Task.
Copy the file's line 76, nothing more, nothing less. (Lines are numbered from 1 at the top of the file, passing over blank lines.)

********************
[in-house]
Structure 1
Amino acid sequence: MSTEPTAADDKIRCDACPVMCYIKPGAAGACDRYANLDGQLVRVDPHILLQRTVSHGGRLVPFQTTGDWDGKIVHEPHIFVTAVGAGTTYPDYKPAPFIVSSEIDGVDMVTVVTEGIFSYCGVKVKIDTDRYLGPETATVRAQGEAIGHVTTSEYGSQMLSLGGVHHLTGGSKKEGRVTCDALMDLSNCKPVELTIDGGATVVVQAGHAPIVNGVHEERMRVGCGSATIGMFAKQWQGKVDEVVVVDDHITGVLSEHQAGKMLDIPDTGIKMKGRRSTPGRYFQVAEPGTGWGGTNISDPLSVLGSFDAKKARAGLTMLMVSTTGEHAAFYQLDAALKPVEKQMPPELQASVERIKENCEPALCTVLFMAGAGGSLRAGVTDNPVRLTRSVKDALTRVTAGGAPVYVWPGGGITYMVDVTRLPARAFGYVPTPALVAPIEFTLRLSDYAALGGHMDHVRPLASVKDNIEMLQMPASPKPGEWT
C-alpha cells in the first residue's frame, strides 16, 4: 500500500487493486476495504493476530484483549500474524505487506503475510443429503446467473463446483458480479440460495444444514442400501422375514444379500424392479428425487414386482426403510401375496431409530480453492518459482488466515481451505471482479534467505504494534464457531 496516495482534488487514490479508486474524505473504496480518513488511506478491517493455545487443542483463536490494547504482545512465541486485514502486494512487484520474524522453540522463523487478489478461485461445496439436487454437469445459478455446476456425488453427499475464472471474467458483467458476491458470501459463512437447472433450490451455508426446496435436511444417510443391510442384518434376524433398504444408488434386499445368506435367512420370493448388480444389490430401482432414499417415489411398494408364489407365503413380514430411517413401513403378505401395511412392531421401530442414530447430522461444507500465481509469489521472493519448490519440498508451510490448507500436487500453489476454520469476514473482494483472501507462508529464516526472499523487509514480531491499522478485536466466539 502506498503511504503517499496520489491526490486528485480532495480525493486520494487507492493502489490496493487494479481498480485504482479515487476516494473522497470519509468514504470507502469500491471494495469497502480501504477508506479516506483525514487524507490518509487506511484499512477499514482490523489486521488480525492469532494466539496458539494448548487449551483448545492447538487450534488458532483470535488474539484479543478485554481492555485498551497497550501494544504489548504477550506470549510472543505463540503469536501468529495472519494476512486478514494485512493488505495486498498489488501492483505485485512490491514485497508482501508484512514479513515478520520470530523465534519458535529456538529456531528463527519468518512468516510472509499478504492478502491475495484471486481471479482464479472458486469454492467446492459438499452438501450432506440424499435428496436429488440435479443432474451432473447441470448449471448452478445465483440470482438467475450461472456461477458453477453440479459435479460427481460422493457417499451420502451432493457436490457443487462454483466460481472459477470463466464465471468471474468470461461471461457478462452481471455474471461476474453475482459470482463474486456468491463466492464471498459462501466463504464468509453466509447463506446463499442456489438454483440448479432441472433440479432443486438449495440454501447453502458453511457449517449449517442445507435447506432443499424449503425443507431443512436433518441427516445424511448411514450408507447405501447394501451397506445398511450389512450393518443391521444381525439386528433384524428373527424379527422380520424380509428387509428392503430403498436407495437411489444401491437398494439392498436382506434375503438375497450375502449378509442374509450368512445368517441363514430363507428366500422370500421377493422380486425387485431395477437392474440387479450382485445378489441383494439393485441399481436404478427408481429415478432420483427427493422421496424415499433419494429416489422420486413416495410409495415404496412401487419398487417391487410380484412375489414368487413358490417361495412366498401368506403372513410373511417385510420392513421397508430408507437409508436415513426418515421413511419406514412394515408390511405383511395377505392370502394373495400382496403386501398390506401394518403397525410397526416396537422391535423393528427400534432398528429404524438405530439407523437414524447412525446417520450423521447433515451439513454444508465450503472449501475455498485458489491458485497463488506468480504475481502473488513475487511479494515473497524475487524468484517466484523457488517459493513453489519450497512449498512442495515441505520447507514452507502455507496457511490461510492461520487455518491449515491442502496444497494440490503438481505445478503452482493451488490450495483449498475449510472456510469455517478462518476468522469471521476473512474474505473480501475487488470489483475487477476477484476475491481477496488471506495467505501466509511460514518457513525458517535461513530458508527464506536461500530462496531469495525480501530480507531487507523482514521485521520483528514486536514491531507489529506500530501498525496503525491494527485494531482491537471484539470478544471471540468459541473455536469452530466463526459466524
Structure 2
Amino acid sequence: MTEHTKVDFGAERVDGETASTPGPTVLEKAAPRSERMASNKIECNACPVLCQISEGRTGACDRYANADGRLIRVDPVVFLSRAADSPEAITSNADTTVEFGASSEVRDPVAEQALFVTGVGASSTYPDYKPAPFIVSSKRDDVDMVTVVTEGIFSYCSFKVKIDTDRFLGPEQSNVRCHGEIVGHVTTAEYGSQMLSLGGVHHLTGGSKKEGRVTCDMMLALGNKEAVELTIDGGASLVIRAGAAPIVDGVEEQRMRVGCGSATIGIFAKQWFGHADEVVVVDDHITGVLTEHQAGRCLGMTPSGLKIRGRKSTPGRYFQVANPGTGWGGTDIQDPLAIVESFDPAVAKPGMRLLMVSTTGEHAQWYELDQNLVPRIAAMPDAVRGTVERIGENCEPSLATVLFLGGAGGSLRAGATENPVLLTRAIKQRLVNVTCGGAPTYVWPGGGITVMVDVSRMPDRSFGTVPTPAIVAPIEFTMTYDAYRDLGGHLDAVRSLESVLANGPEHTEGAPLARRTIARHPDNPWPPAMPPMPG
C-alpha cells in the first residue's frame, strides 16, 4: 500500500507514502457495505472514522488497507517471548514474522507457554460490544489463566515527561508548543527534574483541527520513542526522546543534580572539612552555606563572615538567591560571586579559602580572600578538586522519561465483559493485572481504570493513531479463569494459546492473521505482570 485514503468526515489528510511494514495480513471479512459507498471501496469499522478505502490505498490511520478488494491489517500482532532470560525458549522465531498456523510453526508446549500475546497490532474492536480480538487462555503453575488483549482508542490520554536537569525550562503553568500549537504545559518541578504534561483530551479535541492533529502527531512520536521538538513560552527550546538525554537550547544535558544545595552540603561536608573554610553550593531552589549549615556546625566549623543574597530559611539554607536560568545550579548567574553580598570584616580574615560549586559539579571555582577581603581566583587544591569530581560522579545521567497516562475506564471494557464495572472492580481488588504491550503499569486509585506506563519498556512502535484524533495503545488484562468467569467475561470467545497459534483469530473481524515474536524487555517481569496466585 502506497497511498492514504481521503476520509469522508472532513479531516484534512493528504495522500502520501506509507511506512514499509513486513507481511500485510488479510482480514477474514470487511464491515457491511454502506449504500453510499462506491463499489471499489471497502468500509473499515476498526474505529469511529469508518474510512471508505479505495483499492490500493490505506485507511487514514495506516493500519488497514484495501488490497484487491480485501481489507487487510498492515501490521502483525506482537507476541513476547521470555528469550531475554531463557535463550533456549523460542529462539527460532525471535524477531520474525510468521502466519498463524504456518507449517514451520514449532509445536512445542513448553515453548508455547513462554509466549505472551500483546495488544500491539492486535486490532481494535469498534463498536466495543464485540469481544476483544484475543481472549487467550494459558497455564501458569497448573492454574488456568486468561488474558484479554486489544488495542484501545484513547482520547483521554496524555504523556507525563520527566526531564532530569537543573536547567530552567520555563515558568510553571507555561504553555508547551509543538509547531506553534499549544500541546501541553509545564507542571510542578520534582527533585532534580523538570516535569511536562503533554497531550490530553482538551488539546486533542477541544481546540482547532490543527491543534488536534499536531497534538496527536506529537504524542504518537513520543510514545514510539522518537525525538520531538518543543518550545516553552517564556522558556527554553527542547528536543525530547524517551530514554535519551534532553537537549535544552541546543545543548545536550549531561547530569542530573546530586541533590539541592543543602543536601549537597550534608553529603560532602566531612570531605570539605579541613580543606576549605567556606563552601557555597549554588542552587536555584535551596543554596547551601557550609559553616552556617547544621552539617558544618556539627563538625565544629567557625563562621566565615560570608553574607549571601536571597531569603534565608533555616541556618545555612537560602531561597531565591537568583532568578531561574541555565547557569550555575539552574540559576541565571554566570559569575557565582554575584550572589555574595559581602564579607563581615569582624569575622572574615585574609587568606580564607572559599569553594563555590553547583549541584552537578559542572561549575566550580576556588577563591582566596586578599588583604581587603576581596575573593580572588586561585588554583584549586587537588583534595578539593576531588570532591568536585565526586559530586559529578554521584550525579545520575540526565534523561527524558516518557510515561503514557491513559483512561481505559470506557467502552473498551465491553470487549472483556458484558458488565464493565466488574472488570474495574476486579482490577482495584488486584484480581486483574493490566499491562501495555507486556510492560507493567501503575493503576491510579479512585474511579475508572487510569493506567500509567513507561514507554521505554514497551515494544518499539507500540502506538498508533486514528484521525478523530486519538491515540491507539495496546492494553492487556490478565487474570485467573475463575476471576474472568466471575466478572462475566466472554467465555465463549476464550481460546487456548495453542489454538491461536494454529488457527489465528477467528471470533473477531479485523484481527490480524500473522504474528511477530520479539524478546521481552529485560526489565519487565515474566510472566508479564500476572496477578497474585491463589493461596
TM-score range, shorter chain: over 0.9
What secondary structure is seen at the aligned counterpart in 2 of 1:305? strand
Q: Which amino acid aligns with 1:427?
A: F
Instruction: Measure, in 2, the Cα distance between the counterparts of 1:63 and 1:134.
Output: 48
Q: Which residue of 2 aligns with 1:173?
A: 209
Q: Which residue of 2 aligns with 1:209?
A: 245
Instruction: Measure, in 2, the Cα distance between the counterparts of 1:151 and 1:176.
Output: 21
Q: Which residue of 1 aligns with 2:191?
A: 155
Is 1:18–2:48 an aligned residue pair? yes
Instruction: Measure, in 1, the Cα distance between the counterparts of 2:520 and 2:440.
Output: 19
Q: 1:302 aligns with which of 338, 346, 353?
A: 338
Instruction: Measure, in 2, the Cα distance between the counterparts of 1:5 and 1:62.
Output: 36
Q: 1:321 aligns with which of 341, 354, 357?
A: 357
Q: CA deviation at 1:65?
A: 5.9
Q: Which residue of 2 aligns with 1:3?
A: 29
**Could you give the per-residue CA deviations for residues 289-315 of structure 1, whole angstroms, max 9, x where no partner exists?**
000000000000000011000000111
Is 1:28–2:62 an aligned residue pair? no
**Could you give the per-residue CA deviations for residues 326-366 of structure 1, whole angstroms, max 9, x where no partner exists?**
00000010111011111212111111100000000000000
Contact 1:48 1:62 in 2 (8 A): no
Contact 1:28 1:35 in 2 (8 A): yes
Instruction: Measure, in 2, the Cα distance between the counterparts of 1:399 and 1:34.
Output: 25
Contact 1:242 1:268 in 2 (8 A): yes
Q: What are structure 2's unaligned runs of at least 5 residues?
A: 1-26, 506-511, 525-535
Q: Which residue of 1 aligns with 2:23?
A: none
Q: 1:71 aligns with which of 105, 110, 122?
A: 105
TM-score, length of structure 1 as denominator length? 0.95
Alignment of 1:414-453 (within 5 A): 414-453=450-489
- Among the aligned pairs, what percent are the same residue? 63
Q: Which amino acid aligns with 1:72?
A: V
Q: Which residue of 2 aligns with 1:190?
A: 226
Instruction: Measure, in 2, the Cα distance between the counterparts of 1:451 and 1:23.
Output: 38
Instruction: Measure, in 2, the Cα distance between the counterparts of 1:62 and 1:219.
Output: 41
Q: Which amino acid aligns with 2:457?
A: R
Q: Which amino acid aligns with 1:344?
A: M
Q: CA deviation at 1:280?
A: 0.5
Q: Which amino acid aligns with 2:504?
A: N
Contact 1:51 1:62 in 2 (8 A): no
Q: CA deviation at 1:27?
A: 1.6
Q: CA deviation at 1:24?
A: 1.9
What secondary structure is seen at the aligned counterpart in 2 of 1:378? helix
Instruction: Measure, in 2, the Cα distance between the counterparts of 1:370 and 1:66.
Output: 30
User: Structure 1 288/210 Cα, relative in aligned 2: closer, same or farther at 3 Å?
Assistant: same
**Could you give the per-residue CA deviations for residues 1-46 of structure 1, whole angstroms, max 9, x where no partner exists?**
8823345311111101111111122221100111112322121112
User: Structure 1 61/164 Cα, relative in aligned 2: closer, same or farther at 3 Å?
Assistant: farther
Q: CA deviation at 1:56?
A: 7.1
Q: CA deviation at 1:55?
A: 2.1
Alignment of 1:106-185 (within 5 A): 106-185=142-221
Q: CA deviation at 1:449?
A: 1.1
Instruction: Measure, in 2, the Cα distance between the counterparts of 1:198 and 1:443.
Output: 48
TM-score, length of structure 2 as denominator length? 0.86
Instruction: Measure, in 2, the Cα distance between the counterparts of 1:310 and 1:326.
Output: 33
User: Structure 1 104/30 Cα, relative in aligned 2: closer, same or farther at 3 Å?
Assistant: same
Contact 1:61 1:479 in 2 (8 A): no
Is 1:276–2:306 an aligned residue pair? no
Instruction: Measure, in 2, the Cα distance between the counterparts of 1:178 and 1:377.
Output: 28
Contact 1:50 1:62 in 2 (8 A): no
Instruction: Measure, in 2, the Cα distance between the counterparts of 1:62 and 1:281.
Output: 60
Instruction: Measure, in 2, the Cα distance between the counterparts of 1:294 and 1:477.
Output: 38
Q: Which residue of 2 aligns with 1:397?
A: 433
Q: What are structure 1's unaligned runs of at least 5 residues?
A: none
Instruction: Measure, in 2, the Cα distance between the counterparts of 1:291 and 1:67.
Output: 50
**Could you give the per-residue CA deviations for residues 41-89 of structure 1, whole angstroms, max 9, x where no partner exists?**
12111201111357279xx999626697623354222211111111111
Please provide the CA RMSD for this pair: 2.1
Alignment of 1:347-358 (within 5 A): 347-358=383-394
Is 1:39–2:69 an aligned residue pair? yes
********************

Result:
Instruction: Measure, in 2, the Cα distance between the counterparts of 1:370 and 1:66.